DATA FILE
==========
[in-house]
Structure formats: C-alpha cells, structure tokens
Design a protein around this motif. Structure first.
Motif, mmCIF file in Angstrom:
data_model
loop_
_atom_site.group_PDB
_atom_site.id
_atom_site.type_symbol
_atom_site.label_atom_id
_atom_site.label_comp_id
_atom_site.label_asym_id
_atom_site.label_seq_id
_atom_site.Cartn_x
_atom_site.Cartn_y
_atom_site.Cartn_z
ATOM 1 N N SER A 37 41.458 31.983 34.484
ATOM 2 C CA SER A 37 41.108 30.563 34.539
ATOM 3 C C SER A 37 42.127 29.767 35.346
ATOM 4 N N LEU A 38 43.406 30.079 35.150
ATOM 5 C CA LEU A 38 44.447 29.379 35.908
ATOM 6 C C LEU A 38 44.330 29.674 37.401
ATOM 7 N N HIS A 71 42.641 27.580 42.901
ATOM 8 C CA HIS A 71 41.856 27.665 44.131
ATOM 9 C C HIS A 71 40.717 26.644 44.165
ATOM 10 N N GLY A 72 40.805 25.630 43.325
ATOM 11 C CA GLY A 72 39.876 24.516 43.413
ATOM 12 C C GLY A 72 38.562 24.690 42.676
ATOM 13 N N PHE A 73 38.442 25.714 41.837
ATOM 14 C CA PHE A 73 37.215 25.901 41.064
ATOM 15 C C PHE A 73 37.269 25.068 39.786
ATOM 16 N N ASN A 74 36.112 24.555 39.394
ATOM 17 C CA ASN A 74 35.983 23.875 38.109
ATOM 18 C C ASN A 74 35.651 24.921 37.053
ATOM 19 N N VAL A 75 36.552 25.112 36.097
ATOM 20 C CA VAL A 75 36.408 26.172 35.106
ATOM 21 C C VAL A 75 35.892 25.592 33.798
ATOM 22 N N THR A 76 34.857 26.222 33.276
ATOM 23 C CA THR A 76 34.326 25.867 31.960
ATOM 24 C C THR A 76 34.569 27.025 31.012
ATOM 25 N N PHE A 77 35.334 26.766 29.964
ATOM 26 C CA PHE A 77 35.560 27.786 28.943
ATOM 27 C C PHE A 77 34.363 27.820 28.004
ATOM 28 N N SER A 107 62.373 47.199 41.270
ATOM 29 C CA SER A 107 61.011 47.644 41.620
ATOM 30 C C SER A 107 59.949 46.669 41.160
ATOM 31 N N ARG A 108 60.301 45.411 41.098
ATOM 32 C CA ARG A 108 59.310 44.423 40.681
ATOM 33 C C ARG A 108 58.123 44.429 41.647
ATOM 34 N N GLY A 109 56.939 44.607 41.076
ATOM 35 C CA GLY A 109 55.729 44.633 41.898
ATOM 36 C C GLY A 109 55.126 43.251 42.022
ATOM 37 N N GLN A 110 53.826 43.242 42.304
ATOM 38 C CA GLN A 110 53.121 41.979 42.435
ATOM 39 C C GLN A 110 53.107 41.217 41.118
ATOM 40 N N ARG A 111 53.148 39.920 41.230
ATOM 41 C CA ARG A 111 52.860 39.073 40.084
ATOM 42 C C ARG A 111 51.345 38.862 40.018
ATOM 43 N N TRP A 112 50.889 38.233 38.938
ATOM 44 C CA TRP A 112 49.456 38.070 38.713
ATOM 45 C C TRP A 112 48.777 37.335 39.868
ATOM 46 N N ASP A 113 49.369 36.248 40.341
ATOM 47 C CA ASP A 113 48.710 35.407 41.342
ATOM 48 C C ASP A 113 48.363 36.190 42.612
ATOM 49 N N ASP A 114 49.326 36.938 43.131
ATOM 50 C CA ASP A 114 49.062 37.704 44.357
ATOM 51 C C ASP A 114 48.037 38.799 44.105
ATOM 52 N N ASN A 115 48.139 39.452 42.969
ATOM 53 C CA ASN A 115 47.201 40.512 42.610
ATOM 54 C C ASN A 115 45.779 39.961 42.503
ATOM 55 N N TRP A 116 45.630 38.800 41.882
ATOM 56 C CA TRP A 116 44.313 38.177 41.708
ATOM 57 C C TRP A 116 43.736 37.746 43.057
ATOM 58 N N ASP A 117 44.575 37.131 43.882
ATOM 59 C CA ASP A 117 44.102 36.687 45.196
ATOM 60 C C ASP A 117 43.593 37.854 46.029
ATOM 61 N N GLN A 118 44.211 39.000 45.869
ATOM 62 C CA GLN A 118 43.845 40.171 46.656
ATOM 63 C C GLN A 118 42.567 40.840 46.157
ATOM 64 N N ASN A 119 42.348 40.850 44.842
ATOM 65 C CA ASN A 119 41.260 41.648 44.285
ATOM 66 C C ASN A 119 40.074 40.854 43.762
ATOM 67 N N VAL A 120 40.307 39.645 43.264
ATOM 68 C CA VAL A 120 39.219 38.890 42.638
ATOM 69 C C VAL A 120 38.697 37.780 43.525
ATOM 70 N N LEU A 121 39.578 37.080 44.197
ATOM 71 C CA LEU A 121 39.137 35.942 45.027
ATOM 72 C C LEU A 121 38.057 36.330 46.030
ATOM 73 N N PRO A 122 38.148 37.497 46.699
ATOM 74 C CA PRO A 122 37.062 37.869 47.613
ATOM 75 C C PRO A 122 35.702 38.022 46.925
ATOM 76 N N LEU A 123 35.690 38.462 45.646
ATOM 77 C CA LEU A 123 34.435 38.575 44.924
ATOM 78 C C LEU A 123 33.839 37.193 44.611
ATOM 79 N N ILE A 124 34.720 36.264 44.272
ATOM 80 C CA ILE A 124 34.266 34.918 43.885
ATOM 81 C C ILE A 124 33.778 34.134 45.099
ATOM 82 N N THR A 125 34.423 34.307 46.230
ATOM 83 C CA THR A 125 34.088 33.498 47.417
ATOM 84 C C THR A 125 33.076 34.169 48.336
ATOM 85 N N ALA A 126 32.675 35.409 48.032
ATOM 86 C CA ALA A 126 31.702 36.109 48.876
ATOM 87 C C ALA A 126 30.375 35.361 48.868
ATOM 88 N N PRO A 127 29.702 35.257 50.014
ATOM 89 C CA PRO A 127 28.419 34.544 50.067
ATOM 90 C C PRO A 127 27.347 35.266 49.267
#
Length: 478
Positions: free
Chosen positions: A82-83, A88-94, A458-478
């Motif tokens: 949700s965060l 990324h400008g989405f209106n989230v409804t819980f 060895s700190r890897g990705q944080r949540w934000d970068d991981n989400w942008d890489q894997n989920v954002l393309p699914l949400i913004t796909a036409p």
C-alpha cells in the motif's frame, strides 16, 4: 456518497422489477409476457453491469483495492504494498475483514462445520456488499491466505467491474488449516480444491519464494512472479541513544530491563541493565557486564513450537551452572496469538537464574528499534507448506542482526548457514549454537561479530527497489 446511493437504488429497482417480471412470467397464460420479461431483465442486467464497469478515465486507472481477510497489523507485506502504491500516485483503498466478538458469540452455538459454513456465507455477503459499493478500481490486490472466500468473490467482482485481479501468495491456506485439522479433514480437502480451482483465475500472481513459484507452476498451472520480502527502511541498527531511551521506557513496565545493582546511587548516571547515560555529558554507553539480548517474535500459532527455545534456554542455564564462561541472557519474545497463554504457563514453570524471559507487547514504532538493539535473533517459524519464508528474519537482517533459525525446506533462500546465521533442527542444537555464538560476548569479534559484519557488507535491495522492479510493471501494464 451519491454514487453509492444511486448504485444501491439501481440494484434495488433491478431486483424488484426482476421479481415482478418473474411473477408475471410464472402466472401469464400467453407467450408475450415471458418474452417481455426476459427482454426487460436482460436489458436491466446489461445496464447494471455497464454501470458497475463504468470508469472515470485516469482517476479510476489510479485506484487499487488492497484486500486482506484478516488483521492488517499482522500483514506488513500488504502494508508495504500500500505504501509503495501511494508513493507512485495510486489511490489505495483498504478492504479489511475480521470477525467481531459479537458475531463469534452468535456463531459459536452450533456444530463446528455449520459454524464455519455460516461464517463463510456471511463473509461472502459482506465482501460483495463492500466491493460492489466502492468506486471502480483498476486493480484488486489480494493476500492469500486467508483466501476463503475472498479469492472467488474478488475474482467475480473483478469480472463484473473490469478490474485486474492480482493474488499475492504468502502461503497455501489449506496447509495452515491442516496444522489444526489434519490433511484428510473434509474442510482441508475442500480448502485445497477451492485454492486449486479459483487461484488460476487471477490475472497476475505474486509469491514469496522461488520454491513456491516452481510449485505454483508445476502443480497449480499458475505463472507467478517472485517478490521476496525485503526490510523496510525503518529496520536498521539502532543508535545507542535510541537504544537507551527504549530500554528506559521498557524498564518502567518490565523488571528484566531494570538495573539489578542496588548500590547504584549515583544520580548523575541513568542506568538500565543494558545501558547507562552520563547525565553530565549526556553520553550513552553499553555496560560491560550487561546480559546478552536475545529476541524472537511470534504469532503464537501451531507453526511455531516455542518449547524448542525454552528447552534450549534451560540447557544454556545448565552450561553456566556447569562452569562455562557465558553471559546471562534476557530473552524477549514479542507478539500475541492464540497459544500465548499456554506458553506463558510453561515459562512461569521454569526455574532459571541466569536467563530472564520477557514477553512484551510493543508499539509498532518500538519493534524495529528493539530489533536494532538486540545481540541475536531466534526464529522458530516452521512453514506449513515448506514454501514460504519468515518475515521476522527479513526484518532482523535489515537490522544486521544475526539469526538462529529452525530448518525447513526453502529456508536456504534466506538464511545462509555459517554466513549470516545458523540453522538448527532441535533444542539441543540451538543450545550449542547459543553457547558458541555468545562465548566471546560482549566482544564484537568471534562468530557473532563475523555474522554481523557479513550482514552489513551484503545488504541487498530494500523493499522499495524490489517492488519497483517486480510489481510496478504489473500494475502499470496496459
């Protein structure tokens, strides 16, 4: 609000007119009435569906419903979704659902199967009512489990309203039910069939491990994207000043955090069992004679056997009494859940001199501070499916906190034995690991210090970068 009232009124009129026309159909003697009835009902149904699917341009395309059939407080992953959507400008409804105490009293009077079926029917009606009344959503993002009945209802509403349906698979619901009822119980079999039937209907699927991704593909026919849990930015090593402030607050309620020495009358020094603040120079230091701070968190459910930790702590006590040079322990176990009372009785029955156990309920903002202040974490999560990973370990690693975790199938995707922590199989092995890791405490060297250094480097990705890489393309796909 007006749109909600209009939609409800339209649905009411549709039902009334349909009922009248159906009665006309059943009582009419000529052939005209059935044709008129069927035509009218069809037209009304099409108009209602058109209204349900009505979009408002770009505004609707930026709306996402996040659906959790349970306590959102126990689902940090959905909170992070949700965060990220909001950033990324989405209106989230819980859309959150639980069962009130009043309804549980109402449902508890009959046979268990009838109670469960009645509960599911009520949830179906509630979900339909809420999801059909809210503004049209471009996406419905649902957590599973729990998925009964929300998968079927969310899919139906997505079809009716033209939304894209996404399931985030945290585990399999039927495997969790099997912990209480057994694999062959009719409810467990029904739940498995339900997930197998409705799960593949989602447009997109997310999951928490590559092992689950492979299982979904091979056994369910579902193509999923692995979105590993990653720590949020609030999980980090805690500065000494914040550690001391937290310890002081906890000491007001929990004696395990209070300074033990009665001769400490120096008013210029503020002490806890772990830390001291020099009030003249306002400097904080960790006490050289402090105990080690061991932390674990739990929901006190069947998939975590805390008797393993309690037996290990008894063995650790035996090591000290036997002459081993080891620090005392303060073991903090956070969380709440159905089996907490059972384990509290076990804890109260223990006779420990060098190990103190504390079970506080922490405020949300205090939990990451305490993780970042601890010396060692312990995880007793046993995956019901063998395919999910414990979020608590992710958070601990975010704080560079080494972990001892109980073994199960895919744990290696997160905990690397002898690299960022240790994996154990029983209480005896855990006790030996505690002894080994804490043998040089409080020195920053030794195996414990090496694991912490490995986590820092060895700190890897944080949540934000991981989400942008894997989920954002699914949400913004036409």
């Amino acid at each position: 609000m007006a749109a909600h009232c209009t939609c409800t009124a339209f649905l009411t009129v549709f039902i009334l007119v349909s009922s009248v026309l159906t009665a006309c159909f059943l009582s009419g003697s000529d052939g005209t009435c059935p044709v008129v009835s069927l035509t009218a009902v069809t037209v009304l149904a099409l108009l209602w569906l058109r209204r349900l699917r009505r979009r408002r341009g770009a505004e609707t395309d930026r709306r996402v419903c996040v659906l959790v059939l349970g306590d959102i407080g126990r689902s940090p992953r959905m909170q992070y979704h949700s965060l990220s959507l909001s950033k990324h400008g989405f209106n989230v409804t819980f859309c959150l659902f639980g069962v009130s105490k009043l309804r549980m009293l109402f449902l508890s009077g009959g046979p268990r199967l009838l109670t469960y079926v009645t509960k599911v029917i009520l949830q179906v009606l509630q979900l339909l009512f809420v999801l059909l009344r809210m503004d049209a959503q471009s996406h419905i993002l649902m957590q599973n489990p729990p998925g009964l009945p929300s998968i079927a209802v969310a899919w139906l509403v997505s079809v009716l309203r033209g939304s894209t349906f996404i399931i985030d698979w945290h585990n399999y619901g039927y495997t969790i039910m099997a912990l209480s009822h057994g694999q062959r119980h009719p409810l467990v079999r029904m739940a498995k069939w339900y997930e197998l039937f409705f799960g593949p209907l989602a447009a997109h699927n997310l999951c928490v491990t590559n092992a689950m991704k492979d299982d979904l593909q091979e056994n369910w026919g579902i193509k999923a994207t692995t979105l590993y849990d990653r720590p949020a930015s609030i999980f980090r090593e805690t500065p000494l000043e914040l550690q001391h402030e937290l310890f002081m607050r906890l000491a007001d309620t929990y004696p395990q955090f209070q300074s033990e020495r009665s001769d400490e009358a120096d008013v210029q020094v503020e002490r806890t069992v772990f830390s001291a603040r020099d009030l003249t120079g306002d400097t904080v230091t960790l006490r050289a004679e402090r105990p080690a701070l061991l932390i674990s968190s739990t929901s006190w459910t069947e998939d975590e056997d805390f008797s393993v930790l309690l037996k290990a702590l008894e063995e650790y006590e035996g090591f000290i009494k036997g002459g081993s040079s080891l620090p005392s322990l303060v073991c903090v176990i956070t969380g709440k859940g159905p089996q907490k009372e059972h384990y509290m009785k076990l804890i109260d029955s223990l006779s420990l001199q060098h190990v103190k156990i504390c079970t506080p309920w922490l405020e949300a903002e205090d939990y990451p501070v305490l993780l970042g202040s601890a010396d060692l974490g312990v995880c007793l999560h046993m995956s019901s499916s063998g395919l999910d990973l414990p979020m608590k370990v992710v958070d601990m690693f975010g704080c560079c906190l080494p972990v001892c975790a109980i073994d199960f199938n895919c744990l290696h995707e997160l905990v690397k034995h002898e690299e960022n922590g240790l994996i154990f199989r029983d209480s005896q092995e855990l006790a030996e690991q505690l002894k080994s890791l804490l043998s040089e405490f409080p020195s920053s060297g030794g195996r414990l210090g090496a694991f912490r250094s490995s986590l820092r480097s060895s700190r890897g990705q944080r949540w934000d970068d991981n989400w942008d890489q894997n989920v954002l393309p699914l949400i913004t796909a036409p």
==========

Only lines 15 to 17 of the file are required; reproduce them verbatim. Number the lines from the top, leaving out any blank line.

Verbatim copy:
_atom_site.Cartn_y
_atom_site.Cartn_z
ATOM 1 N N SER A 37 41.458 31.983 34.484